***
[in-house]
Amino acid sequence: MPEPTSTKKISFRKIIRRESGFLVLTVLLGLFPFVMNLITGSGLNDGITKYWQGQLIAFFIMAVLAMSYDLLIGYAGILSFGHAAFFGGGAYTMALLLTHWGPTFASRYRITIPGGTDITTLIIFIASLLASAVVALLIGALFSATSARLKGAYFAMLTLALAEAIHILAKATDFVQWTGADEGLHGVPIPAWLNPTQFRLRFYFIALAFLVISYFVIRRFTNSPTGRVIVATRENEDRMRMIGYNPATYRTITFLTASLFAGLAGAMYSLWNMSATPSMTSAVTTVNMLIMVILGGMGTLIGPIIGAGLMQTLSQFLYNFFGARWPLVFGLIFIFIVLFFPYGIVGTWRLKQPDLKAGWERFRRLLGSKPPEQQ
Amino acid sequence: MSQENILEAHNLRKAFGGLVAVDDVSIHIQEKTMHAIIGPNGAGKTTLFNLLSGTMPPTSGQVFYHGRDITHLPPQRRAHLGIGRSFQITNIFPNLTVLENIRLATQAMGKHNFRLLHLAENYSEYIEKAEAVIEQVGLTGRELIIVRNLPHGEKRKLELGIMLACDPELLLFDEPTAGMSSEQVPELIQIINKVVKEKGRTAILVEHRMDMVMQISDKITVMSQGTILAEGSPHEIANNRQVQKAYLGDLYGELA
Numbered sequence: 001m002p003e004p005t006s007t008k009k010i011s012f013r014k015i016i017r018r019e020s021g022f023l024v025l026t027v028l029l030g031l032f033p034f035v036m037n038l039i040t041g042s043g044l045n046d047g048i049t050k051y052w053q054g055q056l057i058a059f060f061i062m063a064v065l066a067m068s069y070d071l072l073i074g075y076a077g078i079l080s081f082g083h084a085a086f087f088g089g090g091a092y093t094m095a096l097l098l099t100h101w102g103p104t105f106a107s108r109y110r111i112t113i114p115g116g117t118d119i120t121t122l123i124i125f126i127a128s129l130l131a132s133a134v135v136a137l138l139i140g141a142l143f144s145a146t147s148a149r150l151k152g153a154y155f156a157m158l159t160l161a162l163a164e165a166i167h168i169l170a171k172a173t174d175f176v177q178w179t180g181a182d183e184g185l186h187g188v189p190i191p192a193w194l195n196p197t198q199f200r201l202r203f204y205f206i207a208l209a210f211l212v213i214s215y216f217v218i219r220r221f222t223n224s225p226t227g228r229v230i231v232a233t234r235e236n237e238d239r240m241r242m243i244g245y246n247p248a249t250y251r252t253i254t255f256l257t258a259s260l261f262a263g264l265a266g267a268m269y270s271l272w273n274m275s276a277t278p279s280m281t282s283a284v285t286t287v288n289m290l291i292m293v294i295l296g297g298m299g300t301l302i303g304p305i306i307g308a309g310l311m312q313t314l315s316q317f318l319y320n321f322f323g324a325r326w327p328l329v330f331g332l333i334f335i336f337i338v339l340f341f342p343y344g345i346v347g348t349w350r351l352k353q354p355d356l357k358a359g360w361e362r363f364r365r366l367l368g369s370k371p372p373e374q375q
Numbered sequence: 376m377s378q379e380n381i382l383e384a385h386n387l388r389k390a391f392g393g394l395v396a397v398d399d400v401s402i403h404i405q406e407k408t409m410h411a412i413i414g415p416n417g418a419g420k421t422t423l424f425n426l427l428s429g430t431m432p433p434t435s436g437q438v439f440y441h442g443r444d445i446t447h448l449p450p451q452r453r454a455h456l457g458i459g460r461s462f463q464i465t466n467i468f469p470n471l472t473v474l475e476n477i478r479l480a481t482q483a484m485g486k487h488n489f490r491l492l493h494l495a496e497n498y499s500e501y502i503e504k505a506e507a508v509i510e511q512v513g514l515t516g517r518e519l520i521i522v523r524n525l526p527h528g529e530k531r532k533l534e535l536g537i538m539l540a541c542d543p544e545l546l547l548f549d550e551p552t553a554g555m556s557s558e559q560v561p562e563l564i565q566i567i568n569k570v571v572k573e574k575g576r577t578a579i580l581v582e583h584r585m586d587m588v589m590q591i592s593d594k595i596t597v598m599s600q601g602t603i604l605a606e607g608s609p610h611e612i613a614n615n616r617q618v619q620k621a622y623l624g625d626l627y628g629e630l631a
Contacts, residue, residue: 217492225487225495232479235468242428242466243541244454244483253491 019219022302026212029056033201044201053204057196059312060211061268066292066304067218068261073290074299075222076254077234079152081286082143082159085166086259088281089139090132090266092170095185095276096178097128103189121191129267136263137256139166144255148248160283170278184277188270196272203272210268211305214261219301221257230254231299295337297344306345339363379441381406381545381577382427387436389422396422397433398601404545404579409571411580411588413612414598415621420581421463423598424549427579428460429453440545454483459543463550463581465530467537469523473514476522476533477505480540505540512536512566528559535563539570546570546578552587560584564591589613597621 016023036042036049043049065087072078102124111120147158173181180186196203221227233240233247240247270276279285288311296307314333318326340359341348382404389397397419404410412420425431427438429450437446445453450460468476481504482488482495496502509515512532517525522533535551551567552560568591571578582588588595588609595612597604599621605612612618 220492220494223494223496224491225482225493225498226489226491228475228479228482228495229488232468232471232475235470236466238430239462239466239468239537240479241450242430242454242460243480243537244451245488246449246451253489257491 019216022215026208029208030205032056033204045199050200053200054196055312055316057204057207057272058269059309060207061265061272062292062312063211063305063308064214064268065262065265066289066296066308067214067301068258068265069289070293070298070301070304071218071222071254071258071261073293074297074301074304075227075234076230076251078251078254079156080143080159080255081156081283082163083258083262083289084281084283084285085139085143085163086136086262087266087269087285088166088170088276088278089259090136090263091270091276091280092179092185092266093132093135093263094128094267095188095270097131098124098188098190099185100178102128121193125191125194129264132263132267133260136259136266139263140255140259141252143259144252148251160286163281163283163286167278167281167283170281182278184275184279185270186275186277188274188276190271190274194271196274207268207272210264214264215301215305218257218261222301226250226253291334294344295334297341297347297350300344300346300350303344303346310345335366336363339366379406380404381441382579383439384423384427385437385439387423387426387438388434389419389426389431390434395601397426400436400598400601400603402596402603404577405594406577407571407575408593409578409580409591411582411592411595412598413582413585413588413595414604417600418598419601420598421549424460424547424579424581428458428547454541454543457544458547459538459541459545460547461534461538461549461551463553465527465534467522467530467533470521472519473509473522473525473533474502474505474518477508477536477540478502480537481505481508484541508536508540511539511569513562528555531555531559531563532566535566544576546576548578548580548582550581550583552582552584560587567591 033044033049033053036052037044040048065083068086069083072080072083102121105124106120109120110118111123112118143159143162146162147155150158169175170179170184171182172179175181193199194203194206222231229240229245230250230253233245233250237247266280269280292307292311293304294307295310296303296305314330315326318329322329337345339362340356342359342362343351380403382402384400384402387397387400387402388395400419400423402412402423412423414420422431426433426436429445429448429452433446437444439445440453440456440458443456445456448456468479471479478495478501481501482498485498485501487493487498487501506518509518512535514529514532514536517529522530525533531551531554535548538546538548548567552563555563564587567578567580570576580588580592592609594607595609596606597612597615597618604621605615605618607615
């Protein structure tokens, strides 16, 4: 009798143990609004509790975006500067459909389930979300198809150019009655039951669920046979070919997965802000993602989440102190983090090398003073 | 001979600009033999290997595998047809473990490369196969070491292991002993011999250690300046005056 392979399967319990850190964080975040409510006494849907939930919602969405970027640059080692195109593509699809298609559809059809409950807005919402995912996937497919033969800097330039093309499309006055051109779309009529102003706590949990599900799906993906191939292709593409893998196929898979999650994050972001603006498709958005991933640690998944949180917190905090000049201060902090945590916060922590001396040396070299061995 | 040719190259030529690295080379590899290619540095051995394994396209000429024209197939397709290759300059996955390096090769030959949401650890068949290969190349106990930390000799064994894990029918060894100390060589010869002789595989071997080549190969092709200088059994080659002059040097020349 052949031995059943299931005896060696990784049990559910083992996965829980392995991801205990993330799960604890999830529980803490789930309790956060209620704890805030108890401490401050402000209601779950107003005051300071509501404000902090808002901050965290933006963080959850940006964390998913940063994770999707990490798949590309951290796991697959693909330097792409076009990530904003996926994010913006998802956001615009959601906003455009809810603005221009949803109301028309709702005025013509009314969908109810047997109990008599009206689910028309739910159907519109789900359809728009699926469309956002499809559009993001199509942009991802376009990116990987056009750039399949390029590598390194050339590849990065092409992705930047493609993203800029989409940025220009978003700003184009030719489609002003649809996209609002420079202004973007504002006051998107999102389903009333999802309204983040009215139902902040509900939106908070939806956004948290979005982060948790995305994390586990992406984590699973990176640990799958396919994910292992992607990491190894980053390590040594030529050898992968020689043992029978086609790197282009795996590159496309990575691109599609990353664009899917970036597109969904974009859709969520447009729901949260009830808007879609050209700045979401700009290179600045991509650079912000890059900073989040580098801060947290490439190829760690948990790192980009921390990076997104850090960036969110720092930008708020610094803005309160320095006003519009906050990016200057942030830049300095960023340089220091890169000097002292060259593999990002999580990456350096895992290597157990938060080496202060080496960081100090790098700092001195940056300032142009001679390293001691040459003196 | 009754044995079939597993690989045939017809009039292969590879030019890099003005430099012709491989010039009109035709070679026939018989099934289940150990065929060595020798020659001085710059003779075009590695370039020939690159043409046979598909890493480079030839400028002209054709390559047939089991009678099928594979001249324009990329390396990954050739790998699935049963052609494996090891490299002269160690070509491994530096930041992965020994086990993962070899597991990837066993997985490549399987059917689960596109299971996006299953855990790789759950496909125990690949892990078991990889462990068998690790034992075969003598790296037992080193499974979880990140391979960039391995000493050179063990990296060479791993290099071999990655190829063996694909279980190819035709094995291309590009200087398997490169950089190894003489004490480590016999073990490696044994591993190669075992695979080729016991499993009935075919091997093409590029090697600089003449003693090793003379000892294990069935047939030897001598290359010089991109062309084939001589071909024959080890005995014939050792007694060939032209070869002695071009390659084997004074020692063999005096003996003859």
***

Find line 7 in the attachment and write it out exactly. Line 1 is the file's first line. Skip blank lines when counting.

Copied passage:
């Protein structure tokens, strides 16, 4: 009798143990609004509790975006500067459909389930979300198809150019009655039951669920046979070919997965802000993602989440102190983090090398003073 | 001979600009033999290997595998047809473990490369196969070491292991002993011999250690300046005056 392979399967319990850190964080975040409510006494849907939930919602969405970027640059080692195109593509699809298609559809059809409950807005919402995912996937497919033969800097330039093309499309006055051109779309009529102003706590949990599900799906993906191939292709593409893998196929898979999650994050972001603006498709958005991933640690998944949180917190905090000049201060902090945590916060922590001396040396070299061995 | 040719190259030529690295080379590899290619540095051995394994396209000429024209197939397709290759300059996955390096090769030959949401650890068949290969190349106990930390000799064994894990029918060894100390060589010869002789595989071997080549190969092709200088059994080659002059040097020349 052949031995059943299931005896060696990784049990559910083992996965829980392995991801205990993330799960604890999830529980803490789930309790956060209620704890805030108890401490401050402000209601779950107003005051300071509501404000902090808002901050965290933006963080959850940006964390998913940063994770999707990490798949590309951290796991697959693909330097792409076009990530904003996926994010913006998802956001615009959601906003455009809810603005221009949803109301028309709702005025013509009314969908109810047997109990008599009206689910028309739910159907519109789900359809728009699926469309956002499809559009993001199509942009991802376009990116990987056009750039399949390029590598390194050339590849990065092409992705930047493609993203800029989409940025220009978003700003184009030719489609002003649809996209609002420079202004973007504002006051998107999102389903009333999802309204983040009215139902902040509900939106908070939806956004948290979005982060948790995305994390586990992406984590699973990176640990799958396919994910292992992607990491190894980053390590040594030529050898992968020689043992029978086609790197282009795996590159496309990575691109599609990353664009899917970036597109969904974009859709969520447009729901949260009830808007879609050209700045979401700009290179600045991509650079912000890059900073989040580098801060947290490439190829760690948990790192980009921390990076997104850090960036969110720092930008708020610094803005309160320095006003519009906050990016200057942030830049300095960023340089220091890169000097002292060259593999990002999580990456350096895992290597157990938060080496202060080496960081100090790098700092001195940056300032142009001679390293001691040459003196 | 009754044995079939597993690989045939017809009039292969590879030019890099003005430099012709491989010039009109035709070679026939018989099934289940150990065929060595020798020659001085710059003779075009590695370039020939690159043409046979598909890493480079030839400028002209054709390559047939089991009678099928594979001249324009990329390396990954050739790998699935049963052609494996090891490299002269160690070509491994530096930041992965020994086990993962070899597991990837066993997985490549399987059917689960596109299971996006299953855990790789759950496909125990690949892990078991990889462990068998690790034992075969003598790296037992080193499974979880990140391979960039391995000493050179063990990296060479791993290099071999990655190829063996694909279980190819035709094995291309590009200087398997490169950089190894003489004490480590016999073990490696044994591993190669075992695979080729016991499993009935075919091997093409590029090697600089003449003693090793003379000892294990069935047939030897001598290359010089991109062309084939001589071909024959080890005995014939050792007694060939032209070869002695071009390659084997004074020692063999005096003996003859």